The causes of the relative decline of wages are to be found in the sphere of production. In this regard it does not matter whether it results from a rise of the organic composition of capital (the ratio C/V, constant to variable capital, technology to living labor) or from a rise of the rate of surplus value (the ratio S/V, surplus value to wages). Besides, the two – the process of production which becomes more and more based on past labor to which ever less living labor is added, and the process of production in which the reproduction of the working class becomes ever cheaper for capital-- go hand in hand. The sense of the quotation from Marx, in its context, is that the capitalist market can never be more than the use-values needed for the reproduction of capital (in an enlarged form, imposed by competition and its tendency to devalorize), and the use-values needed to satisfy the unproductive wants of those with money. It is not the latter market that poses a problem. It can always grow. If not because of a growing demand of private capitalists and their hangers-on, the state can stimulate a rise of unproductive demand. In this regard, it’s not important who consumes. If wages are doubled tomorrow (fat chance!), this would shift a part of the unproductive consumption from the capitalist class to the working class, but it would in no way resolve the real problem of the market for capital. Because this problem is in the first market, the one that is limited by the quantity of use-values necessary for the enlarged reproduction of capital.

It’s there where the contradiction between use-value and exchange-value becomes insurmountable (see “Crisis of Value,” op. cit) It’s this market which counts because it’s only by passing through it that value continues its cycle and can produce new value. The other market, the one of commodities that are unproductively consumed, is but a dead-end for capital: a necessary dead-end, but still a dead-end.

There are other questions raised in Mcl’s text (such as the redistribution of surplus value in the circulation process, the metabolism between the developed capitals and the rest of the world and its historical evolution, whose importance he seems to under-estimate) that we can address later on. My main goal is to show that the cause of the crisis of capital, in production as well as circulation, is capital itself, its value form whose internal contradiction becomes untenable following internal changes in the mode of production. From this flows the need to situate the manifestations of crisis in an historical framework, to see the changes that the mode of production has undergone, to link them to the progress of the real domination of capital and what has been called the decadence of capitalism. If I criticized the lack of historical approach in Mcl, it was not to score a point but because an historical contextualization is essential to understand the stakes today. To see the phenomena of crisis in production and on the market as separated, independent and unlinked theoretically, is dangerous because not seeing their link means not seeing that the essential problem is capital; that its foundation, the value form, must be destroyed. This opens the door to the defense of a lesser goal. Such a defense could become a safe-conduit for counter-revolution; it’s therefore important not to continue down that road.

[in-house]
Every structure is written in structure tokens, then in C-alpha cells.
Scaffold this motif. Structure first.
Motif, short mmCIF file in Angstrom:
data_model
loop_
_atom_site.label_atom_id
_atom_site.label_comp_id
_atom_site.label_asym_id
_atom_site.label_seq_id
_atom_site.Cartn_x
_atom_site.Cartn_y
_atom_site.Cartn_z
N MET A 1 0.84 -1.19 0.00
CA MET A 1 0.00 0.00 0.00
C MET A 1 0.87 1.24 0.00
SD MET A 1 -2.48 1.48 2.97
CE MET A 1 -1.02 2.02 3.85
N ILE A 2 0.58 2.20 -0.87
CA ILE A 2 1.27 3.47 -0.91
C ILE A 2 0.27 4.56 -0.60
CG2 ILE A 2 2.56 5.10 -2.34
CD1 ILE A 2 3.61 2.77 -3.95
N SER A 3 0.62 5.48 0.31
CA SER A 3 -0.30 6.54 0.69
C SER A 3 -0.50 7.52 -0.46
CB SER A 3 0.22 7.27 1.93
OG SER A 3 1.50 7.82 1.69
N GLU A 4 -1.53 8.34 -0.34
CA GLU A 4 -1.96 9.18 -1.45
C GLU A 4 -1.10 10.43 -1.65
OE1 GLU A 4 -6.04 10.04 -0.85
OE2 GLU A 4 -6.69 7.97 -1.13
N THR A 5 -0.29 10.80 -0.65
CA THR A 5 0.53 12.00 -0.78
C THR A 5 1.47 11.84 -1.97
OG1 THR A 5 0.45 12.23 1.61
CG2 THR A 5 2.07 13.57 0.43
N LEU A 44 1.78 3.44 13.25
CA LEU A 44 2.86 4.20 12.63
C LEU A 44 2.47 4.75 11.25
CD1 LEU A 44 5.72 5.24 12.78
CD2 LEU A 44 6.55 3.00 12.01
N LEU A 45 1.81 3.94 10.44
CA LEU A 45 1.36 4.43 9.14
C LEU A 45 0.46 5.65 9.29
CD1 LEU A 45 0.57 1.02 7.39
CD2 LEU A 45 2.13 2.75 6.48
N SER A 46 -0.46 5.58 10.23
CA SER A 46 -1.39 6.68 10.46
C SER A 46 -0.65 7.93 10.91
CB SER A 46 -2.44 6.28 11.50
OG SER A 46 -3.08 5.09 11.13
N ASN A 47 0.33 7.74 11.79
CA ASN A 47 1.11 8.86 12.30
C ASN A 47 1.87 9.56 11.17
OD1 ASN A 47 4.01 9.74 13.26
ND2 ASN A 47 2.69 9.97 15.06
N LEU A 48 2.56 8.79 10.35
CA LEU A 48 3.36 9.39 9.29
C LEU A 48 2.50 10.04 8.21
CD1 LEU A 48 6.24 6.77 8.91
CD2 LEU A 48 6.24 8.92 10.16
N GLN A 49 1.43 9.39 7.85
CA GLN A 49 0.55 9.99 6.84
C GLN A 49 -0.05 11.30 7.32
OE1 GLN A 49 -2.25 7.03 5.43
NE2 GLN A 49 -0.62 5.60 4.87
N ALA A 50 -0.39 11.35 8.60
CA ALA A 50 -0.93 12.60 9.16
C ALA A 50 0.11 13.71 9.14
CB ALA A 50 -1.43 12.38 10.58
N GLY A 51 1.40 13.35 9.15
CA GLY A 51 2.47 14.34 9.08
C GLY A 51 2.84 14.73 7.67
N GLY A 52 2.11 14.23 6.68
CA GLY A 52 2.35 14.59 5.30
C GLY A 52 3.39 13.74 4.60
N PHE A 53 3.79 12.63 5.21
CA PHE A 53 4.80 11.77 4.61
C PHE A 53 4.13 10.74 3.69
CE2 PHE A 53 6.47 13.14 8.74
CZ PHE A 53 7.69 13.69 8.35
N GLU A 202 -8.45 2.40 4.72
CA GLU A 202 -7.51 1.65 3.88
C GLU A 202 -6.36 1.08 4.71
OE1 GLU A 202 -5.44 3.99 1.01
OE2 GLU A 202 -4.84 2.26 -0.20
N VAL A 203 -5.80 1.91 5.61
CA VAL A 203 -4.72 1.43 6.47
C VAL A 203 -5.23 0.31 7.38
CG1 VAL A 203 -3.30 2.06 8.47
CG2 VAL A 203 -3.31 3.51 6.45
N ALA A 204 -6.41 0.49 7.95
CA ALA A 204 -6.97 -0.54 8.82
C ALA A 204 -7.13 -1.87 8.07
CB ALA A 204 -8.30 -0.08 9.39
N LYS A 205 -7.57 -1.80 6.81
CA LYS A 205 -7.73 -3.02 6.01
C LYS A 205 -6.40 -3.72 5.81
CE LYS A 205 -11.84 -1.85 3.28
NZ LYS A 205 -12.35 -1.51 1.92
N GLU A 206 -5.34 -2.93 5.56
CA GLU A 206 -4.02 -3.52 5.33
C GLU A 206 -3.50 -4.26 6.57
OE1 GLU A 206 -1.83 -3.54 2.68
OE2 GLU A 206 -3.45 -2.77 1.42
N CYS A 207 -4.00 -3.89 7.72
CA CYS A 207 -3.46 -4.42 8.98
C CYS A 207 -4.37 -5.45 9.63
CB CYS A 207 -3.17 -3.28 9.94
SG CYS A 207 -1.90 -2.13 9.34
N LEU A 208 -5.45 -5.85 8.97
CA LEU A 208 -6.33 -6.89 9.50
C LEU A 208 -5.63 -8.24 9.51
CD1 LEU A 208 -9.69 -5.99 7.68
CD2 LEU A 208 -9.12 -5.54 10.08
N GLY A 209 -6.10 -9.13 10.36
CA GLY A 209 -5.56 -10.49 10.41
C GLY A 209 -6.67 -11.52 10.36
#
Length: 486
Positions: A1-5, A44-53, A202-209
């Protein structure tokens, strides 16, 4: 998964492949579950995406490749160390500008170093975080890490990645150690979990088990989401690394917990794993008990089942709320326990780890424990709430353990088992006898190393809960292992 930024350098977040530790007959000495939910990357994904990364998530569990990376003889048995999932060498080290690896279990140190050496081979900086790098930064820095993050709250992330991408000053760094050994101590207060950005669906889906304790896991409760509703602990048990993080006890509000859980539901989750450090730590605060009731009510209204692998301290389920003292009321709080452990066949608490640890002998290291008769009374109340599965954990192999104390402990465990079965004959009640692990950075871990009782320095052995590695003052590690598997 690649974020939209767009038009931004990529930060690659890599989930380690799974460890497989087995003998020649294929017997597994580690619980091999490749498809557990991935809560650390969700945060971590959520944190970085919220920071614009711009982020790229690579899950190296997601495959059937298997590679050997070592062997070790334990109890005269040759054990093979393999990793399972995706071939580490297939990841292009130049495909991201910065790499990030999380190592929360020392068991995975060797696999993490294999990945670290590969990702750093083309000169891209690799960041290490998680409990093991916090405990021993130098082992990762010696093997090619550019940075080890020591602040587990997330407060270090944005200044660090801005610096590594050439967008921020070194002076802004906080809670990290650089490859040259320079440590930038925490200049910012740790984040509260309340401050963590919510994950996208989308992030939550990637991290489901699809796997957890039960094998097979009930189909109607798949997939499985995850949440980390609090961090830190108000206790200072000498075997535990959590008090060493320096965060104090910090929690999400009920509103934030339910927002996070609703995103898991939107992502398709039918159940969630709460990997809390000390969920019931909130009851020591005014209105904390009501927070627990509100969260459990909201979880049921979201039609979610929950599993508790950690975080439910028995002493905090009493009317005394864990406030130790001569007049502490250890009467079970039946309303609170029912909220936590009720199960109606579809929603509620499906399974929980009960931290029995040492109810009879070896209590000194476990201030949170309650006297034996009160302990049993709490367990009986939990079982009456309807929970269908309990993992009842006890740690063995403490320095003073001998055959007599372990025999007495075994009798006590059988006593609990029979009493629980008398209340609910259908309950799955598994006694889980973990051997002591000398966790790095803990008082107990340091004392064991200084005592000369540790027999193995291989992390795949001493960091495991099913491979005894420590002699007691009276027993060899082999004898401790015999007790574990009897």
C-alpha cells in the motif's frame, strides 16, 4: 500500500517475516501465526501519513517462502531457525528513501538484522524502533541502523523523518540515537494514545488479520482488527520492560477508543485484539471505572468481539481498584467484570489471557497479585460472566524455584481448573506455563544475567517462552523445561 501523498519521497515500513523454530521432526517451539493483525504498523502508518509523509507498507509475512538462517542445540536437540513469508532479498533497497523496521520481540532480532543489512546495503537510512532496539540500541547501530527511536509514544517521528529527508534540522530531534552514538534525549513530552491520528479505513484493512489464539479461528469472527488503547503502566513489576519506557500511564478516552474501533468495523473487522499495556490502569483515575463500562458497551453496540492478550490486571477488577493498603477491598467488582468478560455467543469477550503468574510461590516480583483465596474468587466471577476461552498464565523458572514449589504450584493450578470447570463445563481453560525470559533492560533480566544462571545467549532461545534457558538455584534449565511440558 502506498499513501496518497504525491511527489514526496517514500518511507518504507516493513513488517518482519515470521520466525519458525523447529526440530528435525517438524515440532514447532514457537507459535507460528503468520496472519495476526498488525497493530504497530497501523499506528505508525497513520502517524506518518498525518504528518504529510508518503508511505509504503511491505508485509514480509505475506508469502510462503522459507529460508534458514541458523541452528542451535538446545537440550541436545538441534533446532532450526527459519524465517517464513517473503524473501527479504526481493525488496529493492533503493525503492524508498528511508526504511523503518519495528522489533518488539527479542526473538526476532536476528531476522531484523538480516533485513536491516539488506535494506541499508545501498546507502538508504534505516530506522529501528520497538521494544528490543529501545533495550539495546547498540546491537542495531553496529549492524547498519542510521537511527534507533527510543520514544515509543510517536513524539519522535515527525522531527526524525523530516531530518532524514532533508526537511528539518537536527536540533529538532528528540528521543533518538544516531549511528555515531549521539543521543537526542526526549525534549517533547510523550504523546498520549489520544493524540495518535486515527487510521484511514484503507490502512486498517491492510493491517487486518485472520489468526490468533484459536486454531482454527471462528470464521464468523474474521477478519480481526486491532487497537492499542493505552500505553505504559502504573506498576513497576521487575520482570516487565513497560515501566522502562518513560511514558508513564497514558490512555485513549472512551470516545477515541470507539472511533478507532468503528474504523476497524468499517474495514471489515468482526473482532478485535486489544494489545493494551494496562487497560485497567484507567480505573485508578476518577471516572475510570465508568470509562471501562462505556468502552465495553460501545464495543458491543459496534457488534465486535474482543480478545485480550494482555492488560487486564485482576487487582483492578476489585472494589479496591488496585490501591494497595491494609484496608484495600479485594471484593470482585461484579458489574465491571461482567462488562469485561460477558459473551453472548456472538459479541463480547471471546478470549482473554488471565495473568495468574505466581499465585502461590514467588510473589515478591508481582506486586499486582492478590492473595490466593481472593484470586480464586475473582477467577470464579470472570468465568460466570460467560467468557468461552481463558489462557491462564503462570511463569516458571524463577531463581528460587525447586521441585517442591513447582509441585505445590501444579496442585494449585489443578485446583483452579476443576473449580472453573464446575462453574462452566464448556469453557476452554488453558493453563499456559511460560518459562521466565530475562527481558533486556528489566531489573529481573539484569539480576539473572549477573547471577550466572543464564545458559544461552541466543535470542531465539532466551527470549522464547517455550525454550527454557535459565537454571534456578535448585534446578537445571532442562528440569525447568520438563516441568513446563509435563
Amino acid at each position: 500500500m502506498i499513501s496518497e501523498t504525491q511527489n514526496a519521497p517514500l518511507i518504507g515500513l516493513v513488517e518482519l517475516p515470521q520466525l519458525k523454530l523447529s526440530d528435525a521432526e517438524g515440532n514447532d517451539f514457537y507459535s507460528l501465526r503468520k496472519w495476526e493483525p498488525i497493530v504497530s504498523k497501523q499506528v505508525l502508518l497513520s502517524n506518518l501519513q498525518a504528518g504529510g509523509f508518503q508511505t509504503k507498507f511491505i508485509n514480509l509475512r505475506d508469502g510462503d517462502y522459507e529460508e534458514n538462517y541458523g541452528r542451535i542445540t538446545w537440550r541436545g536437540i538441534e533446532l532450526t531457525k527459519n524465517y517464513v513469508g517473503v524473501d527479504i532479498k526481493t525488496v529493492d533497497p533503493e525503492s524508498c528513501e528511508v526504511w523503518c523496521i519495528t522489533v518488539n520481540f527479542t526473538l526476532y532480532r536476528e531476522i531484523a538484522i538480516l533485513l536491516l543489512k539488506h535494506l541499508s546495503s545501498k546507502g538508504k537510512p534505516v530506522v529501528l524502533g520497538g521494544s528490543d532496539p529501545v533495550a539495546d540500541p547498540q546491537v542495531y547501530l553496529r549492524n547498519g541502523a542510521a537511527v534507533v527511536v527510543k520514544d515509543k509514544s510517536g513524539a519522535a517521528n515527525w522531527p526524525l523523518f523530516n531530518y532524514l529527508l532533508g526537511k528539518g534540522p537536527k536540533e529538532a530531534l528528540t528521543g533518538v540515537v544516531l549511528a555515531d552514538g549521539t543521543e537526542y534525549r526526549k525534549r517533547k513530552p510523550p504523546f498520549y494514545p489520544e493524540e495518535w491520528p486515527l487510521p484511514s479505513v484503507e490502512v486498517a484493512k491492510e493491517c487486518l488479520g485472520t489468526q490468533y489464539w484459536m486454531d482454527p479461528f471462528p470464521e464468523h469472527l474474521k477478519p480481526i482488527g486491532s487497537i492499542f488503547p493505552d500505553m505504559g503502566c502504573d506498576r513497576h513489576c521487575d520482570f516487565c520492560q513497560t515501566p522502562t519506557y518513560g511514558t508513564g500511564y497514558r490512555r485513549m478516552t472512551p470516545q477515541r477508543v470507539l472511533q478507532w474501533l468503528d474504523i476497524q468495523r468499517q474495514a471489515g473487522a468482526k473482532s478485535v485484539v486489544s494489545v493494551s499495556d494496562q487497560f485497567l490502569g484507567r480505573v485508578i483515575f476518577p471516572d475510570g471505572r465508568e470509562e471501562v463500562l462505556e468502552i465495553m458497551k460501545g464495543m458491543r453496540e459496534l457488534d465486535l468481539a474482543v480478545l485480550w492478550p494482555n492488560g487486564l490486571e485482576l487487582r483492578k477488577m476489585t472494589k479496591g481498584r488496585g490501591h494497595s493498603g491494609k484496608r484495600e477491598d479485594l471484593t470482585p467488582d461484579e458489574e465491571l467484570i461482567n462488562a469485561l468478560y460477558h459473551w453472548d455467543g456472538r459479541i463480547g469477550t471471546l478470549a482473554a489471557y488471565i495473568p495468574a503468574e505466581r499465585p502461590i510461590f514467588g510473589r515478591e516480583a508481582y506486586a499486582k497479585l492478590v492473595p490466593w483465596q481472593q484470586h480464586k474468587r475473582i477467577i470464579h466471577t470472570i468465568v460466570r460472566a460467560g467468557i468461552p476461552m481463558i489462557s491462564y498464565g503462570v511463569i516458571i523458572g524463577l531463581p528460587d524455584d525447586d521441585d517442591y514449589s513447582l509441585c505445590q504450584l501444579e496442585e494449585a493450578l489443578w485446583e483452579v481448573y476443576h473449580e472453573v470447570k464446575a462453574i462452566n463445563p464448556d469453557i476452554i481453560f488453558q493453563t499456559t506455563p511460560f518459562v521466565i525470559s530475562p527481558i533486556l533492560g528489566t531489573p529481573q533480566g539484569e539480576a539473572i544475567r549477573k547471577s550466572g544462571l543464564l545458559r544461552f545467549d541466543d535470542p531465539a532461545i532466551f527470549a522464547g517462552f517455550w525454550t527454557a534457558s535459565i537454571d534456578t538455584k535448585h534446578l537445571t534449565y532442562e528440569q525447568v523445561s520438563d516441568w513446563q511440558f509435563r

Sander


Notes

1. See for instance, “ The roots of the capitalist crisis”, part 2 (IP 30-31): “Insofar as there is real debate on crisis theory amongst revolutionary Marxists (alas, very little, despite the fact that it is the linchpin of their message) each side tends to see only one contradiction and ignore the other, while both confusing the frameworks of individual capitals and capital as a whole, with inevitably disastrous results for their overall understanding of the unfolding of capitalism's historic crisis. When Marx states "production determines the market, as well as the market determines production", each camp in this debate hears only half of what he's saying. One side, the Luxemburgists and others focusing exclusively on realization-problems, can't accept the first half: that production determines the market and that, therefore, an expansion of the scale of production also brings about an expansion of the market. Contrary to what they think the immanent barrier to market expansion is not static and can't be understood without grasping the dynamics of the production process. The other side, of which Paul Mattick has been the best known theoretician, believes that the fall of the profit-rate is the only barrier to capital accumulation, and can't therefore accept the implications of the second half of Marx’s statement, that the market determines production, and that therefore the narrow basis on which this market rests, can become an insurmountable obstacle for the accumulation of capital, which is forced by the tendential fall of the profit-rate to expand continuously.

2. Marx, Grundrisse, Penguin ed, p.415